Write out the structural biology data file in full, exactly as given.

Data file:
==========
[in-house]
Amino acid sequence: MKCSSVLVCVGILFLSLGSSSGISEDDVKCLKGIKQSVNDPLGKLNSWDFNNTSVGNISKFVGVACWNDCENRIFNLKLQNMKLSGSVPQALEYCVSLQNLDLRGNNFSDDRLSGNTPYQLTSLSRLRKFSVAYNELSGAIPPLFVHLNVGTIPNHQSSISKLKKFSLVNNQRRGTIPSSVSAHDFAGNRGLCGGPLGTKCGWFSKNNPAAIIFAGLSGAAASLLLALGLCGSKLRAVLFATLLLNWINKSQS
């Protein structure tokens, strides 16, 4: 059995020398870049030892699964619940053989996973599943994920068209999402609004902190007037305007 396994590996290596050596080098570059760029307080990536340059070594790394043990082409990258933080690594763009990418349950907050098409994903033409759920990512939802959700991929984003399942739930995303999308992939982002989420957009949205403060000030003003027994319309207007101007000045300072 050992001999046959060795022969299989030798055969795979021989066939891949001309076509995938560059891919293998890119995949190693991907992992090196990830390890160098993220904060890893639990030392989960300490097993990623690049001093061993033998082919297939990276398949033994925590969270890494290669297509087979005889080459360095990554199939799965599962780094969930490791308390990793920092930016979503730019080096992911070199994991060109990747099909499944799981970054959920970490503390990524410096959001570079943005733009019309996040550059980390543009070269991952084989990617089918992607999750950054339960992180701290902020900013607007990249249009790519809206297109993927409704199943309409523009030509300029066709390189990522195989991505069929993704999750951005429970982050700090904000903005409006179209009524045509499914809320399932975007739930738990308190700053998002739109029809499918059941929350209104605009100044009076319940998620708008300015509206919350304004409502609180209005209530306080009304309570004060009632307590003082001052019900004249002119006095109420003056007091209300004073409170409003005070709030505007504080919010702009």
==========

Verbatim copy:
[in-house]
Amino acid sequence: MKCSSVLVCVGILFLSLGSSSGISEDDVKCLKGIKQSVNDPLGKLNSWDFNNTSVGNISKFVGVACWNDCENRIFNLKLQNMKLSGSVPQALEYCVSLQNLDLRGNNFSDDRLSGNTPYQLTSLSRLRKFSVAYNELSGAIPPLFVHLNVGTIPNHQSSISKLKKFSLVNNQRRGTIPSSVSAHDFAGNRGLCGGPLGTKCGWFSKNNPAAIIFAGLSGAAASLLLALGLCGSKLRAVLFATLLLNWINKSQS
């Protein structure tokens, strides 16, 4: 059995020398870049030892699964619940053989996973599943994920068209999402609004902190007037305007 396994590996290596050596080098570059760029307080990536340059070594790394043990082409990258933080690594763009990418349950907050098409994903033409759920990512939802959700991929984003399942739930995303999308992939982002989420957009949205403060000030003003027994319309207007101007000045300072 050992001999046959060795022969299989030798055969795979021989066939891949001309076509995938560059891919293998890119995949190693991907992992090196990830390890160098993220904060890893639990030392989960300490097993990623690049001093061993033998082919297939990276398949033994925590969270890494290669297509087979005889080459360095990554199939799965599962780094969930490791308390990793920092930016979503730019080096992911070199994991060109990747099909499944799981970054959920970490503390990524410096959001570079943005733009019309996040550059980390543009070269991952084989990617089918992607999750950054339960992180701290902020900013607007990249249009790519809206297109993927409704199943309409523009030509300029066709390189990522195989991505069929993704999750951005429970982050700090904000903005409006179209009524045509499914809320399932975007739930738990308190700053998002739109029809499918059941929350209104605009100044009076319940998620708008300015509206919350304004409502609180209005209530306080009304309570004060009632307590003082001052019900004249002119006095109420003056007091209300004073409170409003005070709030505007504080919010702009």